Before I could even respond to the Holy Spirit’s voice in my head, another woman finished mailing her package and started chatting with a friend she hadn’t seen in a while. You know those people who have really loud conversations so everyone in the room can hear them? Yeah. It was some of those people. And remember my mood? I was not amused, but couldn’t help but listen.

“Girl. I’ve never been better!”

“That’s great! You look so good. What’s different? How’s your job going?”

“Oh, it’s good. I don’t have to pay Daddy’s car payment anymore so that’s good. But I’ve been going to church up the street at the big white one on the hill. And I’m tellin’ you something. My life is changed. I poured out a full bottle of whiskey yesterday – right down the drain. I don’t need it. I’m a new person!”

I continued to listen to this woman right across the aisle from me share how God had changed her, when the man from behind bumped into my purse.

“Oh, excuse me,” he said.

“You’re fine,” I told him.

The women walked out continuing their chat outside.

“I got so excited listening to that woman talk, I wanted to get all up in that conversation. I went to raise my hand and bumped you,” the man explained.

I think he was the one who finally jolted me out of my gloomy mood. No matter how frustrated I was with my situation, Jesus was all around me. In front of me, reminding me how blessed I am. Beside me, showing me how He can change the unchangeable. And behind me, reminding me to give Him praise. I couldn’t hide and pout.

I turned to face the man behind me and look him in the face. “I know what you mean,” I told him. “Praise God from whom all blessings flow. Can I get a witness?”

“Oooooh, yesssss!” The man told me. His wife looked over his shoulder and said, “Hallelujah!”

You see, no matter what you are going through, God is with you.

When you pass through the waters, I will be with you;
and through the rivers, they shall not overwhelm you;
when you walk through fire you shall not be burned,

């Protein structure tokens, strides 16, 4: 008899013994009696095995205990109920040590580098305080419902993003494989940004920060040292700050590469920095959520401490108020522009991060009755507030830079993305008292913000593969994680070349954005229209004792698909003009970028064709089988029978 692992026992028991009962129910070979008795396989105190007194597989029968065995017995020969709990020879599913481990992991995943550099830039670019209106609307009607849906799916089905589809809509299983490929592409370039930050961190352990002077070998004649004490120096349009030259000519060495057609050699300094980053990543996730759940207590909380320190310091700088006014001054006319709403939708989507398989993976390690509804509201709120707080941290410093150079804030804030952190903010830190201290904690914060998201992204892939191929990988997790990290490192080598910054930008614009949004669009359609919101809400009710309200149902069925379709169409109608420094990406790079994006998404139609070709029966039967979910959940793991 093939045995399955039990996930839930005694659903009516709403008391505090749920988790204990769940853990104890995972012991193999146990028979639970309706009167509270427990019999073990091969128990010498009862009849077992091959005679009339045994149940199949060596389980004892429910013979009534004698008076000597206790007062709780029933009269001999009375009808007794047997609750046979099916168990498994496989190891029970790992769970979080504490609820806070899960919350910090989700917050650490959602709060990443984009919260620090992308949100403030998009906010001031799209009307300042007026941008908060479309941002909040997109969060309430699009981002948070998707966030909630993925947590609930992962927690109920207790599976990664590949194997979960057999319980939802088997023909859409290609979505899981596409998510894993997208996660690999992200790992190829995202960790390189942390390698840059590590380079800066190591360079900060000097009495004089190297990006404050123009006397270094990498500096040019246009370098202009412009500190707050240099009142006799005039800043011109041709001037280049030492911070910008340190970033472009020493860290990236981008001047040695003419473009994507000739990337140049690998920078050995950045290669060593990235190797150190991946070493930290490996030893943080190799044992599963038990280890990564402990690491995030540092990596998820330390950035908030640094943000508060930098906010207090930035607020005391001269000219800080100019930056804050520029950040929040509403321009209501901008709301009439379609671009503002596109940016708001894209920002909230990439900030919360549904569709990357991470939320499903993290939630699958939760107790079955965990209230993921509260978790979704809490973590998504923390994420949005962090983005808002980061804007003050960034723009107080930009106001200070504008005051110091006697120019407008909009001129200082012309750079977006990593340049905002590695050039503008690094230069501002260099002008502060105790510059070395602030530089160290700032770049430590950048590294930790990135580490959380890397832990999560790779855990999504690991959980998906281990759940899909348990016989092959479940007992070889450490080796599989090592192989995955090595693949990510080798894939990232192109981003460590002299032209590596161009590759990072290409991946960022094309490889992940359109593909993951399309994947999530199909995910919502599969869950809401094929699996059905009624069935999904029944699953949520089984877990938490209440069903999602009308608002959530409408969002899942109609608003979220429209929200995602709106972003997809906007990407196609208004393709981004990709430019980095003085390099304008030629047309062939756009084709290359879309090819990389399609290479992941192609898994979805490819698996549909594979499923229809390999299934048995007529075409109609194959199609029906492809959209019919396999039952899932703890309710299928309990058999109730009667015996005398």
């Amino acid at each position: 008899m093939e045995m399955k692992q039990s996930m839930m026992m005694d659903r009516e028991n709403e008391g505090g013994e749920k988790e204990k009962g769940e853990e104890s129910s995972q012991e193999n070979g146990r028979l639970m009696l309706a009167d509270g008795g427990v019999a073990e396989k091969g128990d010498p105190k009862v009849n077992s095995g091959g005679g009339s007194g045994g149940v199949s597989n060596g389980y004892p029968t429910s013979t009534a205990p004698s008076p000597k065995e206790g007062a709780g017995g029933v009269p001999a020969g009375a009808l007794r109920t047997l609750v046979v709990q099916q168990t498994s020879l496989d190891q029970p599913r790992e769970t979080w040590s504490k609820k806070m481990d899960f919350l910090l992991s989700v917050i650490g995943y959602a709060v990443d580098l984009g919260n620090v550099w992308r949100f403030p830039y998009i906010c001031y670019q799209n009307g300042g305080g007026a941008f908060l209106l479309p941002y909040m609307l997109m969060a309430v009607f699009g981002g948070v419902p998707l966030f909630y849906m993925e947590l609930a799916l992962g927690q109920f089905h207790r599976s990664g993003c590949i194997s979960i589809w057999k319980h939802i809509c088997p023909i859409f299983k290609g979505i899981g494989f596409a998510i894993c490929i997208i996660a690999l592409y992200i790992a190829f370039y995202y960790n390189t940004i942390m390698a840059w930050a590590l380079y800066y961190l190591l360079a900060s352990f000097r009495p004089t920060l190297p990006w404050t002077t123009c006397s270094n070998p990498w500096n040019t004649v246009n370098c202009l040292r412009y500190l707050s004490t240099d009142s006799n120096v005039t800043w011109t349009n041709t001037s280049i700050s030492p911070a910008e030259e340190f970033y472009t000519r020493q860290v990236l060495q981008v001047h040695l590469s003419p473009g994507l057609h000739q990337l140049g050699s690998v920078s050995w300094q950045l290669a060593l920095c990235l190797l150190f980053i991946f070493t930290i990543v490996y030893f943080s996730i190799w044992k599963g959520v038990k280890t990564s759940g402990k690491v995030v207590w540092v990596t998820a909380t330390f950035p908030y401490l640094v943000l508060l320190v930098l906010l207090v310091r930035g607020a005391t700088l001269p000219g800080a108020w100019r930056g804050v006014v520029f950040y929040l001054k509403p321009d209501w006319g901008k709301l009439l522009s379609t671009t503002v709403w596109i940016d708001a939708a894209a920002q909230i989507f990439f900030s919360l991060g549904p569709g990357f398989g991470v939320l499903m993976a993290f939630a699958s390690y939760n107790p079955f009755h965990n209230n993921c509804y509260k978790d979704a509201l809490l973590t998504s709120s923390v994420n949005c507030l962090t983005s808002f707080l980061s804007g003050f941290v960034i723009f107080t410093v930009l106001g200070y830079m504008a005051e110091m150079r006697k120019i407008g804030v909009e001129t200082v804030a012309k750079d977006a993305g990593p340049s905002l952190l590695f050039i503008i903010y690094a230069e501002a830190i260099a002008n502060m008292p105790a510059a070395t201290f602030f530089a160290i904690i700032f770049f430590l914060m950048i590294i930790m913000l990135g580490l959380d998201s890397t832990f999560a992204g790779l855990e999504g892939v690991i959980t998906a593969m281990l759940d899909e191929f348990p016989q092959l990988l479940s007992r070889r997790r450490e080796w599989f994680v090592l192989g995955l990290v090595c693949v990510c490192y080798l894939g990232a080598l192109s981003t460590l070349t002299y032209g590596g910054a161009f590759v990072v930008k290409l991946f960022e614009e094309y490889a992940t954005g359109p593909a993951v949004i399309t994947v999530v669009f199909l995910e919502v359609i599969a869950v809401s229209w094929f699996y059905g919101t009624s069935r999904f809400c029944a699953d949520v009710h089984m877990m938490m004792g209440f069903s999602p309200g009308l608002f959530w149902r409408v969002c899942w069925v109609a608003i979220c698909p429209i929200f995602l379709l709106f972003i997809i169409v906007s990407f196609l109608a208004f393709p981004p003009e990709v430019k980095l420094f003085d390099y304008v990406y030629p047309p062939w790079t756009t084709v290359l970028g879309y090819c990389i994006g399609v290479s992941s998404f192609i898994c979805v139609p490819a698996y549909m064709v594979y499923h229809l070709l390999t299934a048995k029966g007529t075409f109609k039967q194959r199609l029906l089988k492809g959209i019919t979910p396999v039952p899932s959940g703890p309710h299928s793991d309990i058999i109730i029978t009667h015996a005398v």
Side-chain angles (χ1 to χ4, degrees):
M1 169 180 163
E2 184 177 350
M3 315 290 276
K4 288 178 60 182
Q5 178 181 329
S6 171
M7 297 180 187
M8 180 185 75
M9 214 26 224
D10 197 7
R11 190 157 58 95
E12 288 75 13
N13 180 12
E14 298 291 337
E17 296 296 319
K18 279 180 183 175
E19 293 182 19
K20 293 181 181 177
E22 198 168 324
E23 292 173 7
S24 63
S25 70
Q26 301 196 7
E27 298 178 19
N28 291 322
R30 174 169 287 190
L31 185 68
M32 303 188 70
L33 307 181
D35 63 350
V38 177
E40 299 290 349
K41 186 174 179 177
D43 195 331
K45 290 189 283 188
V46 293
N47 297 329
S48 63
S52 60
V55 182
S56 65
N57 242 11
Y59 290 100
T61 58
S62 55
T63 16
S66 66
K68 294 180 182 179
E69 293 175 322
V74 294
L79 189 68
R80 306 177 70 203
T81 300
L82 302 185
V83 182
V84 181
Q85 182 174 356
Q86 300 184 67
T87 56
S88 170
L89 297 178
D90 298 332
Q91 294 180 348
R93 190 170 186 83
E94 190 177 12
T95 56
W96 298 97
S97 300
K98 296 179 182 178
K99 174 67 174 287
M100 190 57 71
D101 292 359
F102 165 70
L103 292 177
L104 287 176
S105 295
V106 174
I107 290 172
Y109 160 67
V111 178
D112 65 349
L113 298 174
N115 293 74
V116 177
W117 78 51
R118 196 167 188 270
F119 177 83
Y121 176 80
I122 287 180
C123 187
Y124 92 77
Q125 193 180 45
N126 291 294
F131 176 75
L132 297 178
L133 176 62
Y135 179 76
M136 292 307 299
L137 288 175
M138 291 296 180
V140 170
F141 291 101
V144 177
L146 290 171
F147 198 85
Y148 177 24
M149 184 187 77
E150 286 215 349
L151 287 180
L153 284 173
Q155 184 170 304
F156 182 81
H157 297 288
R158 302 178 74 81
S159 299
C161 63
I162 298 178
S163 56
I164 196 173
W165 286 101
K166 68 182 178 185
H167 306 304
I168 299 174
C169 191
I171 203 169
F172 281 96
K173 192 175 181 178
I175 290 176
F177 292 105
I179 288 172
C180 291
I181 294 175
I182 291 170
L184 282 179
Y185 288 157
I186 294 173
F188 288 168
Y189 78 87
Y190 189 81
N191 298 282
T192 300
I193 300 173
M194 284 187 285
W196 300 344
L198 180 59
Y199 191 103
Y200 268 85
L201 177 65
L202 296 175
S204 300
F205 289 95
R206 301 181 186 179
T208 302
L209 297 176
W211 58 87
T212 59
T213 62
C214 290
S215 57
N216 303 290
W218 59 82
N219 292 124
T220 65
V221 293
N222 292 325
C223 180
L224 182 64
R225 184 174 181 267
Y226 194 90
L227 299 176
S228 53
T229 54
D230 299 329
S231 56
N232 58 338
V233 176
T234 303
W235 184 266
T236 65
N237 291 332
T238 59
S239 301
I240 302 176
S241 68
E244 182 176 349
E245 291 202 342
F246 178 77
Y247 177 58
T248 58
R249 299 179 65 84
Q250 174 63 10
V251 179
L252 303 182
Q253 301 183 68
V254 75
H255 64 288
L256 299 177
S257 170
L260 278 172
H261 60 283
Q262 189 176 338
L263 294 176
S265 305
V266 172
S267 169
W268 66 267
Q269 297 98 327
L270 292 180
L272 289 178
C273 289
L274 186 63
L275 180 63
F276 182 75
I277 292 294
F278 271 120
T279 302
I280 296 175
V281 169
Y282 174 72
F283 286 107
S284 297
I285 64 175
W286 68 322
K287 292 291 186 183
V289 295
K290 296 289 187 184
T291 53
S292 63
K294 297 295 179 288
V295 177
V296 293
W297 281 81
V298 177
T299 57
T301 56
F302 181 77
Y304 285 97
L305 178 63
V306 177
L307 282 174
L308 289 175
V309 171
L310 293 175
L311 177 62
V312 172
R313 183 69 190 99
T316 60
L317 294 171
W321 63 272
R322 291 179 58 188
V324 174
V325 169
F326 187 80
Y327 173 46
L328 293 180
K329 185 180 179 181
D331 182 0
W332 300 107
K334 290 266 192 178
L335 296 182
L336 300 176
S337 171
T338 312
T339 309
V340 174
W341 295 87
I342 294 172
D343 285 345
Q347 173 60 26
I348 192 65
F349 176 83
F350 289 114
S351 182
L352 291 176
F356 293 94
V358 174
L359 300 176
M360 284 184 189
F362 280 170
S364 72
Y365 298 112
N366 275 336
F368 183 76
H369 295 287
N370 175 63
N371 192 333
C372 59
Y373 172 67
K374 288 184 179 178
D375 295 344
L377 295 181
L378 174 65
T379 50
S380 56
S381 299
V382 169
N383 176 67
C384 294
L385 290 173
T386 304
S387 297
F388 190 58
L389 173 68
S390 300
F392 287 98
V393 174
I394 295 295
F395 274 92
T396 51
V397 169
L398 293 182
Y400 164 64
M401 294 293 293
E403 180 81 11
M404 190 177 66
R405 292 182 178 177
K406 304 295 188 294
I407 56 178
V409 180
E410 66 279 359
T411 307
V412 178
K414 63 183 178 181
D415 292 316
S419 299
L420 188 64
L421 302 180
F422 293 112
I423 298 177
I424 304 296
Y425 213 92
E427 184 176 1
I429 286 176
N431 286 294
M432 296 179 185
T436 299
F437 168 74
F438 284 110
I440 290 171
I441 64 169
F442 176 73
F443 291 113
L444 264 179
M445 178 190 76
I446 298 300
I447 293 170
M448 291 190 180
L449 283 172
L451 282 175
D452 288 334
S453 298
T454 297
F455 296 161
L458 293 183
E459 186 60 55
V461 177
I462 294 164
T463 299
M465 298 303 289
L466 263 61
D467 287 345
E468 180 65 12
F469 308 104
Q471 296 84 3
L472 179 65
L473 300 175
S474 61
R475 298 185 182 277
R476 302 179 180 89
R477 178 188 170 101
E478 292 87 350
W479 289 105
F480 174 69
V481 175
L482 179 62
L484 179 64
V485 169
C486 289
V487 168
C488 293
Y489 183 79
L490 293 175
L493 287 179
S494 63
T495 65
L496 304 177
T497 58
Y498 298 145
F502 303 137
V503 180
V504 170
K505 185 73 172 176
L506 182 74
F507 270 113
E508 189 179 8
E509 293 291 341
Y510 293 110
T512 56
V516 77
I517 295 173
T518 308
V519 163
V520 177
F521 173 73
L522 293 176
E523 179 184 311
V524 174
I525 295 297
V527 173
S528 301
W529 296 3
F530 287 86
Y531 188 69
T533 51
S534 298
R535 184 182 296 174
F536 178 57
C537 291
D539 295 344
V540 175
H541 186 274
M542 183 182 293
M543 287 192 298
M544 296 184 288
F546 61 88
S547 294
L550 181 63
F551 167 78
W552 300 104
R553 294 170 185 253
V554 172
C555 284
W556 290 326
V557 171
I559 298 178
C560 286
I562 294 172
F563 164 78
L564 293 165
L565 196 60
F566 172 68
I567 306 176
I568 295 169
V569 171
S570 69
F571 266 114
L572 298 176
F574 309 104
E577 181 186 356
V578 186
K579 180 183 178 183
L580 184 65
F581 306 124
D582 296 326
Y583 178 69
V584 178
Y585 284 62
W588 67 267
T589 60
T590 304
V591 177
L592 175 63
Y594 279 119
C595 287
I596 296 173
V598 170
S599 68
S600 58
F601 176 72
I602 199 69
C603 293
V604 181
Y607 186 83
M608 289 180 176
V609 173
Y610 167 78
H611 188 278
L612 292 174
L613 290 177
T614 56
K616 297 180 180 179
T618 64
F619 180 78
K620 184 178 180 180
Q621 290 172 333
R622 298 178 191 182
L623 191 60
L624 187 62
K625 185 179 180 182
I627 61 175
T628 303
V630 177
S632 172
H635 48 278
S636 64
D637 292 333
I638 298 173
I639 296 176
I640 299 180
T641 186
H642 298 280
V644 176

and the flame shall not consume you.
Isaiah 43:2

Life isn’t easy. But God will carry you through the bad times – even when you try to hide. Friend, I don’t know what you are going through, but I’d love to pray for you. Leave me a comment or use my contact page to shoot me an email. You are not alone.

Carol

Girdles Aren’t Just for Grandmas

12027818_10206322387810315_393383868364492679_nMy son, Colin, started playing football this year for the first time ever. He is fourteen and is already over six feet tall, so people have been advising him to get into football for a while. This year, our family moved to a new school system and Colin started high school, so it seemed like the thing to do.

I’m learning lots about positions and plays and yellow flags and uniforms. I had no idea all the pieces and parts a player must wear on the field. The first week Colin came home with his uniform, I learned he wore a girdle. A girdle!

He asked, “Mom, do you even know what I girdle is?” Instead of telling him there was one in my panty drawer, I just nodded my head with uncertainty, wondering why a football player needed smooth curves. You see, I knew what a “granny girdle” was – a torturous contraption to squeeze the ever-lovin’ life out of you. I knew you didn’t sit in them for long periods of time or the oxygen would shut off to your brain and you could faint. I knew you couldn’t eat seconds wearing them and probably should order a salad. I knew you shouldn’t attempt to put one on in front of your spouse for fear they would see you shouting, hopping, swearing and stomping.